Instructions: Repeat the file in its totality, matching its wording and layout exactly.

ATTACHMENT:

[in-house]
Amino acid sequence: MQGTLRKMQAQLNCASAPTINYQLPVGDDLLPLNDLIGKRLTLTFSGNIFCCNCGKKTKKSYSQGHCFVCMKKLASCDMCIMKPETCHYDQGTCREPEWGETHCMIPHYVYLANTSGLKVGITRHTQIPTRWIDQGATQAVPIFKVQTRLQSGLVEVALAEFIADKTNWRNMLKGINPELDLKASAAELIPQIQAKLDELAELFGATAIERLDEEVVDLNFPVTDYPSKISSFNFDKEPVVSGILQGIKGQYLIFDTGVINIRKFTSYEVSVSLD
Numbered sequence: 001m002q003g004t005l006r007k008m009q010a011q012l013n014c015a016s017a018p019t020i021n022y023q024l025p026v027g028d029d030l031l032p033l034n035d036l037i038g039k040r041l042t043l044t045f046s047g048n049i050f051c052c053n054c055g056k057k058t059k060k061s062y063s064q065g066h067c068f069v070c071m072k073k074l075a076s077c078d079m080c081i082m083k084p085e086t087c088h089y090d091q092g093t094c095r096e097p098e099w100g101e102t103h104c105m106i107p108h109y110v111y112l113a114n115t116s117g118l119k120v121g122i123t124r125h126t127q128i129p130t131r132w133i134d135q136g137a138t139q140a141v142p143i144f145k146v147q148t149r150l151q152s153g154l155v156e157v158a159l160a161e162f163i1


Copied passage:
[in-house]
Amino acid sequence: MQGTLRKMQAQLNCASAPTINYQLPVGDDLLPLNDLIGKRLTLTFSGNIFCCNCGKKTKKSYSQGHCFVCMKKLASCDMCIMKPETCHYDQGTCREPEWGETHCMIPHYVYLANTSGLKVGITRHTQIPTRWIDQGATQAVPIFKVQTRLQSGLVEVALAEFIADKTNWRNMLKGINPELDLKASAAELIPQIQAKLDELAELFGATAIERLDEEVVDLNFPVTDYPSKISSFNFDKEPVVSGILQGIKGQYLIFDTGVINIRKFTSYEVSVSLD
Numbered sequence: 001m002q003g004t005l006r007k008m009q010a011q012l013n014c015a016s017a018p019t020i021n022y023q024l025p026v027g028d029d030l031l032p033l034n035d036l037i038g039k040r041l042t043l044t045f046s047g048n049i050f051c052c053n054c055g056k057k058t059k060k061s062y063s064q065g066h067c068f069v070c071m072k073k074l075a076s077c078d079m080c081i082m083k084p085e086t087c088h089y090d091q092g093t094c095r096e097p098e099w100g101e102t103h104c105m106i107p108h109y110v111y112l113a114n115t116s117g118l119k120v121g122i123t124r125h126t127q128i129p130t131r132w133i134d135q136g137a138t139q140a141v142p143i144f145k146v147q148t149r150l151q152s153g154l155v156e157v158a159l160a161e162f163i1